A great way to get the lowdown on a trainer’s style is to ask for references from current or previous clients – this way you’ll get uncensored opinions that will give you a more accurate picture of the coach and their training methods.

However, while style is a matter of opinion there are still some golden rules that personal trainers should be following which we’ll discuss in the next section.

4. ‘What’s your strategy for preventing and dealing with injuries?’

No matter how enthusiastic you are, or how much you want to do some exercise, if you’re nursing a killer hamstring injury it’s going to be nearly impossible to complete a full-body workout. If you believe that this accident wasn’t your fault, you should find a batesville personal injury lawyer. Accidents occur all the time though, some more serious then others. The worst thing though is when the accident occurs and it isn’t your fault. You might have got injured due to the negligence of someone else. This new injury might now affect your life in a way that you didn’t expect. If this is the case then you should definitely get a lawyer involved. If you are still unsure about who to use then you could always check out a website like https://www.stewartlawoffices.net to help you out.

Before pairing up with a new trainer, you’ll want to find out what strategies they have in place to deal with injuries in case you get one. Gym injuries are quite common and while we hope you’re bench pressing safely and not going pushing yourself too hard on the treadmill, don’t take any chances.

Most important to remember is that different types of goals require different training strategies. For instance, if you’re looking to build muscle then your training strategy shouldn’t be the same as if you’re focusing on fat loss.

Your trainer should also be keeping up with what you are doing outside of training sessions. If you’ve just been on holiday skiing for two weeks and you start an intense squats routine, then it’s probably not going to end well.

Ensure ahead of time that there is a documented injury plan in place – but remember, this is not a one-size fits all solution. Make sure that when your personal trainer is coming up with your plan, they are tailoring the program to your unique circumstances. Following a fitness plan is very important to prevent injury, however sometimes accidents do happen through no fault of your own, if you find that you are the victim of personal injury you might be interested in looking into a personal injury lawyer los angeles california for help on your case.

And one final caveat – if a trainer is constantly pushing you to the limit in order to get you quick results then you might want to think about considering other options, sooner rather than later.

5. ‘How much do you charge?’

Let’s be honest, when it comes down to it, personal training is an expense.

In the same way, that experience, training methods and services offered can range widely between different trainers, the difference in hourly rate between one coach and another can be quite vast!

With personal training sessions averaging around €60-80 per hour at the lower end of the scale and rising to as much as €200 at the upper end, you need to be sure of what you have to spend.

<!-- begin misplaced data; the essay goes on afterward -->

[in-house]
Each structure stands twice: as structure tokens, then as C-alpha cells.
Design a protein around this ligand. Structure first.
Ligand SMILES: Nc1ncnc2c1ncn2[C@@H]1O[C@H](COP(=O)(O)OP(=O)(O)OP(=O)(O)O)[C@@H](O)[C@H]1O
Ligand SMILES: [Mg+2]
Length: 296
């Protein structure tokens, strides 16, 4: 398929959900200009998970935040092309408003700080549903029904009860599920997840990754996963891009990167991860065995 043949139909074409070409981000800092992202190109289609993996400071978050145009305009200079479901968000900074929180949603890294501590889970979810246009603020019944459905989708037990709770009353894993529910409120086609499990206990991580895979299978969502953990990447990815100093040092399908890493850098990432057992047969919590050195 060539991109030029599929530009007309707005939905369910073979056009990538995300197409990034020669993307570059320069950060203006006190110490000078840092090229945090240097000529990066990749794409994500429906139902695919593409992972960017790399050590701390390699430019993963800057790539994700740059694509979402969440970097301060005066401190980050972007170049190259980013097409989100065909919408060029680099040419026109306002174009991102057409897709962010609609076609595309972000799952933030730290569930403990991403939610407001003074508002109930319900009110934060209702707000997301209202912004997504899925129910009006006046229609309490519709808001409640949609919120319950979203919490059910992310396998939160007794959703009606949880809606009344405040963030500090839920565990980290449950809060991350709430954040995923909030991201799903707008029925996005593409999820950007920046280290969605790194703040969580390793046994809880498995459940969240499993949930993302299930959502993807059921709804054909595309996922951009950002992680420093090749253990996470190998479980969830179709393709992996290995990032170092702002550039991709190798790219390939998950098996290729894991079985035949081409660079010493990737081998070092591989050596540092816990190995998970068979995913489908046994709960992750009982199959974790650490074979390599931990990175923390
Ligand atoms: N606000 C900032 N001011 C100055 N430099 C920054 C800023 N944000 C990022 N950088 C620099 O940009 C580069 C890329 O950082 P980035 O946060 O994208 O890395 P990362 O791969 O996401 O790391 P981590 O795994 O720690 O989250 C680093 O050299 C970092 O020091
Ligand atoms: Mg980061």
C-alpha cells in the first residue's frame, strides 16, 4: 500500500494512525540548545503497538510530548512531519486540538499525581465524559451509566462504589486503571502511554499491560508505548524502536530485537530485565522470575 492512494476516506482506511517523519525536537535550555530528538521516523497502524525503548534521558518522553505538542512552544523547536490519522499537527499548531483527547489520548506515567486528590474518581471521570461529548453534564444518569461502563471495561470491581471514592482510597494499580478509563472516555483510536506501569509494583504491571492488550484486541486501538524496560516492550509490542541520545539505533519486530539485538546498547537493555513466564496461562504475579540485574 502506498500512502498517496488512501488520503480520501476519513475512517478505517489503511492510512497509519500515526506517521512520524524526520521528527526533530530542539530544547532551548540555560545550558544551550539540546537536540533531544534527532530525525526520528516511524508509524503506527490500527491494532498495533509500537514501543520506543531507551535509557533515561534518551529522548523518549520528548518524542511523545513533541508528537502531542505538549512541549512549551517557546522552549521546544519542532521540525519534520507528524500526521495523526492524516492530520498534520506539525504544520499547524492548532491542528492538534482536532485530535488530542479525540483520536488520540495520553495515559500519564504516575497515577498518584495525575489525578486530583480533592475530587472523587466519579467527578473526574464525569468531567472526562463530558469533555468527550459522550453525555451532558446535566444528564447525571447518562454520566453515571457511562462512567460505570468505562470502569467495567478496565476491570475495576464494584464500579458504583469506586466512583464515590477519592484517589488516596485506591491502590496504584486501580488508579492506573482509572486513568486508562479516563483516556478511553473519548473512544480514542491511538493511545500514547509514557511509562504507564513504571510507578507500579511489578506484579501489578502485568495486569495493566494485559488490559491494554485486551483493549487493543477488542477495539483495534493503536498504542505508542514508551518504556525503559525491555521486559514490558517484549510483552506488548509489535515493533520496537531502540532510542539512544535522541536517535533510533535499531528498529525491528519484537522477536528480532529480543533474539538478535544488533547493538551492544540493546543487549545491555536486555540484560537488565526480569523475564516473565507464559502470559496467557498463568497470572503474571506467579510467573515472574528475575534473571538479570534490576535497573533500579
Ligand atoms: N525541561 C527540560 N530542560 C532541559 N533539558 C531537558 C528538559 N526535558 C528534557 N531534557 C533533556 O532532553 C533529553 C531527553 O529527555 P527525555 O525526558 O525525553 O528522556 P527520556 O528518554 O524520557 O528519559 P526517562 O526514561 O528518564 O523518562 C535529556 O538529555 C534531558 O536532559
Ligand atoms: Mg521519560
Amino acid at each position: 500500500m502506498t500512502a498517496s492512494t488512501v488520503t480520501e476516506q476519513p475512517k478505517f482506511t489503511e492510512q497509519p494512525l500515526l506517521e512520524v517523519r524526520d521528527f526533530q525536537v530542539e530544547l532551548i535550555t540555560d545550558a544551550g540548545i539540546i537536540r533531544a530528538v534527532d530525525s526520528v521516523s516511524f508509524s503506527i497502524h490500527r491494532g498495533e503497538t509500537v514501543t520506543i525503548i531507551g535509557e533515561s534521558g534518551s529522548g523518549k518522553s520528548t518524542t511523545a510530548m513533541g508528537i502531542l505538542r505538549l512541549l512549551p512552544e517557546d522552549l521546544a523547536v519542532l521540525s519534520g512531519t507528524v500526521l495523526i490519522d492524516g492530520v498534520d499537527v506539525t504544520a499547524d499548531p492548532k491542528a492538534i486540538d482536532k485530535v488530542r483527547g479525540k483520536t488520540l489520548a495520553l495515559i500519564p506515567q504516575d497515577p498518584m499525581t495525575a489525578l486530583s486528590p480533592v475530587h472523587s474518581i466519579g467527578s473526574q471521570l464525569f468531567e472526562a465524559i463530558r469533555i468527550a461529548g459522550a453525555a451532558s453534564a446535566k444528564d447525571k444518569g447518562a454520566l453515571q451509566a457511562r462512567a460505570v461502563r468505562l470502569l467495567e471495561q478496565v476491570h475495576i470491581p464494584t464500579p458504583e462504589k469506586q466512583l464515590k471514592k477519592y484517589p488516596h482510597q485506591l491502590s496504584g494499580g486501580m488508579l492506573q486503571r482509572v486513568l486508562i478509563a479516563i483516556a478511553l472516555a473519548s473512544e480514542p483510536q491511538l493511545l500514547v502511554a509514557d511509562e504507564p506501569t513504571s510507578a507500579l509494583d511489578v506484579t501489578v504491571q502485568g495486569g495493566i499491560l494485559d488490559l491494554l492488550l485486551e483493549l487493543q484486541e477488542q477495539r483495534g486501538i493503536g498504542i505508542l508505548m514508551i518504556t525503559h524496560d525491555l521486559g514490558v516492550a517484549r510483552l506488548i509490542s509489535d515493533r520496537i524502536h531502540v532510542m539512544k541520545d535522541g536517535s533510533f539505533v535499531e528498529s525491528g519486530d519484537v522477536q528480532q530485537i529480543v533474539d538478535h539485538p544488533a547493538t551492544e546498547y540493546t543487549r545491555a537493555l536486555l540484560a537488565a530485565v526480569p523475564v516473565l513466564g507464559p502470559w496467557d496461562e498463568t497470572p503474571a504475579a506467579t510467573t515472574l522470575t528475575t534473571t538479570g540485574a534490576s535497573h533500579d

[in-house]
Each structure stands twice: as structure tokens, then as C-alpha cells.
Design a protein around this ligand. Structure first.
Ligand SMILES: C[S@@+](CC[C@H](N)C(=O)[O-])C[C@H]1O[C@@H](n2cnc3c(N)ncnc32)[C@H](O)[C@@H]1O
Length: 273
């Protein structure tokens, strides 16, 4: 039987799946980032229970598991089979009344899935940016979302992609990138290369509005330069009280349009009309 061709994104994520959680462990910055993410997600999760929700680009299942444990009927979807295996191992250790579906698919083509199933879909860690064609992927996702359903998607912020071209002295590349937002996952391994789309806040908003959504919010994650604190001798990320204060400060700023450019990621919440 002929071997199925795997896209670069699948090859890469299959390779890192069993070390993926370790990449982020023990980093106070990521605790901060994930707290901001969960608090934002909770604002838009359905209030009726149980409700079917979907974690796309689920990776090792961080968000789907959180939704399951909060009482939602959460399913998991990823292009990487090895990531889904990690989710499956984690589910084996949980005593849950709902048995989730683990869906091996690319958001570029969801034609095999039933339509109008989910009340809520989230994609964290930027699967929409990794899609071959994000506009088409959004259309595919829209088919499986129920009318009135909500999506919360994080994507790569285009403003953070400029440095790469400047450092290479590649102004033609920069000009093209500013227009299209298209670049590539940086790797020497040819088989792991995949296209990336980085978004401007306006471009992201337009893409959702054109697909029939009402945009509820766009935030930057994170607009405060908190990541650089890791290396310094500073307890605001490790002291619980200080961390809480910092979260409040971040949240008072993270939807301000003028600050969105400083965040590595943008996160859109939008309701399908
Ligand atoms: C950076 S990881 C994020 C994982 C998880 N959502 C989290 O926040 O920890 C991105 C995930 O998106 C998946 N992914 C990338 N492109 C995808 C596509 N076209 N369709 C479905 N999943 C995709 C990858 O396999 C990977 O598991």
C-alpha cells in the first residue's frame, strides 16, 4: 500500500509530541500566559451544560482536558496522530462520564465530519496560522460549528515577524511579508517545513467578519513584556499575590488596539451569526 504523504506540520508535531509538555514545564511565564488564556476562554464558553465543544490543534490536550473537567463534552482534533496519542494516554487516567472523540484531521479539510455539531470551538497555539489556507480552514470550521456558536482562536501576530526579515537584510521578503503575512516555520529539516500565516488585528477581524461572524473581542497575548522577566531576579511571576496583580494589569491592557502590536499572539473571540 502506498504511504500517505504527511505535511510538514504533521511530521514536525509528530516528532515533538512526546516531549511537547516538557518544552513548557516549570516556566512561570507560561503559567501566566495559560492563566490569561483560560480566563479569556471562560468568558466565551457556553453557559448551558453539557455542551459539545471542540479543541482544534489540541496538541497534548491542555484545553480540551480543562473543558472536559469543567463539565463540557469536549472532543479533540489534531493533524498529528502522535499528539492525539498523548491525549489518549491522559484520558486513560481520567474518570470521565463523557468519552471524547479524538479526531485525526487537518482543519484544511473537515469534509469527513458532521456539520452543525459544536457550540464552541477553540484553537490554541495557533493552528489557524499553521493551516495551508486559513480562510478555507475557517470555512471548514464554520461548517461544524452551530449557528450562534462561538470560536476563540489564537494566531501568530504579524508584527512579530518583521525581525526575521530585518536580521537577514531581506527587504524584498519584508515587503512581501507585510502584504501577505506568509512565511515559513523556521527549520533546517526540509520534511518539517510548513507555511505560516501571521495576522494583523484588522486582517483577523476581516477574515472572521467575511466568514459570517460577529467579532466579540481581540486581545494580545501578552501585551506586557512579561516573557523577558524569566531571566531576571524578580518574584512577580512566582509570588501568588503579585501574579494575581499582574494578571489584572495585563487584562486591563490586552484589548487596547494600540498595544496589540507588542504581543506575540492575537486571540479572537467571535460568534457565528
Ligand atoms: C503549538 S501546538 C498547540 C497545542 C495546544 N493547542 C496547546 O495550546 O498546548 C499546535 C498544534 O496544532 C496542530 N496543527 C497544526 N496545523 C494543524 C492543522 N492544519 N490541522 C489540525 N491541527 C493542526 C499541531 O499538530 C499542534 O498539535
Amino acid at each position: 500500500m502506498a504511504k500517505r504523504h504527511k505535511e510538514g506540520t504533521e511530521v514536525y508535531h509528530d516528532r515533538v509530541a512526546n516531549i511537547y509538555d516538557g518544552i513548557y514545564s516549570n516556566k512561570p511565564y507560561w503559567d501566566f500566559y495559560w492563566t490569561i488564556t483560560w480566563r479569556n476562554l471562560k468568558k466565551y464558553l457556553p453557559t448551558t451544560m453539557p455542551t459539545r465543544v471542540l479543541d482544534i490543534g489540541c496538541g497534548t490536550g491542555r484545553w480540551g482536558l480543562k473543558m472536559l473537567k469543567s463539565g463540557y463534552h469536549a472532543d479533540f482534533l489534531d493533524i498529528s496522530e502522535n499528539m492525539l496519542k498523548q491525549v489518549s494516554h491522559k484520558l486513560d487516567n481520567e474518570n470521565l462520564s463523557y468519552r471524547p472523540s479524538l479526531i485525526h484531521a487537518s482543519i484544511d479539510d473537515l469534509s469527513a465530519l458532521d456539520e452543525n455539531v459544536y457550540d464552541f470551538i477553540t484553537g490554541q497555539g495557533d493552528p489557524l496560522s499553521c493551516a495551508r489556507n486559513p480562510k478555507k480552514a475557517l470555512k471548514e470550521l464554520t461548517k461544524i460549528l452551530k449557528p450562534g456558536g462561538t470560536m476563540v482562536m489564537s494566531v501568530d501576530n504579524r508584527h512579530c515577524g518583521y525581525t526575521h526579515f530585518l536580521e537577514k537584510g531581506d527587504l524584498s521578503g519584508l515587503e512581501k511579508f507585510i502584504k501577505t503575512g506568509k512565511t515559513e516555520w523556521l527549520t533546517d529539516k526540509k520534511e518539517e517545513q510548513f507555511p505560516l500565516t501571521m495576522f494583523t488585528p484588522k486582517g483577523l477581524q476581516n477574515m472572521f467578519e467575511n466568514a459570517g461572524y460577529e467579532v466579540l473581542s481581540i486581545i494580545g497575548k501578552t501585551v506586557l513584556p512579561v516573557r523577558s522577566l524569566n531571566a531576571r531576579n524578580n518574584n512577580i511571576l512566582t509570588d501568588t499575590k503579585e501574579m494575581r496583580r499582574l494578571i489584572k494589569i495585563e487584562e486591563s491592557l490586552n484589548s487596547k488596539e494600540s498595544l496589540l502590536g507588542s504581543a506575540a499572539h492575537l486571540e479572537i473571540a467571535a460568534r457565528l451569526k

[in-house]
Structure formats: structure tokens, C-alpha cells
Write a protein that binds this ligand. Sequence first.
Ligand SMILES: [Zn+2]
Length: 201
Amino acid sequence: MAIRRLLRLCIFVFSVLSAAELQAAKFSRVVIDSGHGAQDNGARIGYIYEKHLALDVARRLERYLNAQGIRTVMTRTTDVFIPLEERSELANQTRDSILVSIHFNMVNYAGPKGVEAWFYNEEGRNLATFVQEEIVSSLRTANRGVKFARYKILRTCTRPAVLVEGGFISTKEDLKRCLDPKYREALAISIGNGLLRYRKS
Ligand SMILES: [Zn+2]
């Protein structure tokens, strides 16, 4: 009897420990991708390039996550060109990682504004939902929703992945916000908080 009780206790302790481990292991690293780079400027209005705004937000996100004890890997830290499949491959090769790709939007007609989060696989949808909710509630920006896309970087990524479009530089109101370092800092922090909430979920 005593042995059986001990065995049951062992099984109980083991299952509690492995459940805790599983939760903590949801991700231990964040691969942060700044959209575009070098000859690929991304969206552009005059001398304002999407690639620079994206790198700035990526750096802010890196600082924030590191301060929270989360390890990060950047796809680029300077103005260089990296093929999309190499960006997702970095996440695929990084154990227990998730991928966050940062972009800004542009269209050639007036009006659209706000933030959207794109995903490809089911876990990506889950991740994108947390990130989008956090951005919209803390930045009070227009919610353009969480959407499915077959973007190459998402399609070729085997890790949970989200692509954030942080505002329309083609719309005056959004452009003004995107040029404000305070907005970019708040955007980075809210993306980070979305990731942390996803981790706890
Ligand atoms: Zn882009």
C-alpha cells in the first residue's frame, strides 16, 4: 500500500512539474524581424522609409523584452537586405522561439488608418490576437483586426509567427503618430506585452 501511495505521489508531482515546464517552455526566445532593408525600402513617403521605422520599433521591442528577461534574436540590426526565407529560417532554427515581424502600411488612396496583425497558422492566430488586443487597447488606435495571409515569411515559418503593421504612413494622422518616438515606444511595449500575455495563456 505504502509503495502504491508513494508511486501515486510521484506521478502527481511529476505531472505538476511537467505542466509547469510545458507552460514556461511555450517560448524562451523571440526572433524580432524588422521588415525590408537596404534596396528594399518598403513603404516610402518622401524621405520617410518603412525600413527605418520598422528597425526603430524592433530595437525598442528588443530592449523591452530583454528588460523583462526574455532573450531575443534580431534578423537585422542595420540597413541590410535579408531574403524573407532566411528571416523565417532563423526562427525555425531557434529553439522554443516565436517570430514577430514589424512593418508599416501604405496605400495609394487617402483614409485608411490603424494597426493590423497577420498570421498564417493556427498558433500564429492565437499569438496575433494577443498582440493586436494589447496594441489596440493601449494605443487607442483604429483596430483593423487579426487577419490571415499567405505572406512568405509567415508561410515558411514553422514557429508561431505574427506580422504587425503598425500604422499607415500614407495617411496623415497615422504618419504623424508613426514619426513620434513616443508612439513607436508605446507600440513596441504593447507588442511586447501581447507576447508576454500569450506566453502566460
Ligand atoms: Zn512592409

First, assess your budget to see how much is realistic then compare prices between different trainers and go to a few free consultations if that is what is being offered. This way you’ll be able to better gauge what services you will be getting for your budget.

However, in the same way that more expensive doesn’t always mean better, paying more for personal trainer doesn’t always mean a better quality service and it’s wise to look at reviews and shop around before making a final decision.

If a face-to-face personal trainer seems out of your budget, we’ll find out what other personal training options you have in the next section.

6. ‘Do you offer discounted sessions?’

Not everyone has the money to afford the pricey fees of personal trainers but does that mean you should become a couch potato. Of course not.

Some trainers offer special discounted services such as buying sessions in bulk or group classes, so if you don’t have enough money to pay for a one-on-one session, there are other options to get your fitness fix.

Following the recent move towards online personal training, trainers are using apps to connect with clients. Without the fixed costs associated with gyms and equipment rental, they can deliver the same expertise but at a lower price.

With prices averaging between €10-20 for a monthly subscription, the online personal coach is a much more affordable alternative and one which doesn’t compromise on quality.

That beach body you wanted? Problem solved.

right personal trainer

The final rep

We admit it, choosing the right personal trainer can sometimes be as tough as a HIIT workout. But, like any testing exercise regime, you will get through even if it doesn’t feel like it at the time. So, our advice is, don’t let the challenge put you off. If you do your homework and have the patience to hold out until you find the right trainer, you’ll be able to find someone who really helps you achieve the results you’re looking for.

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By Fitmo CEO & Founder, Dave Roeloffs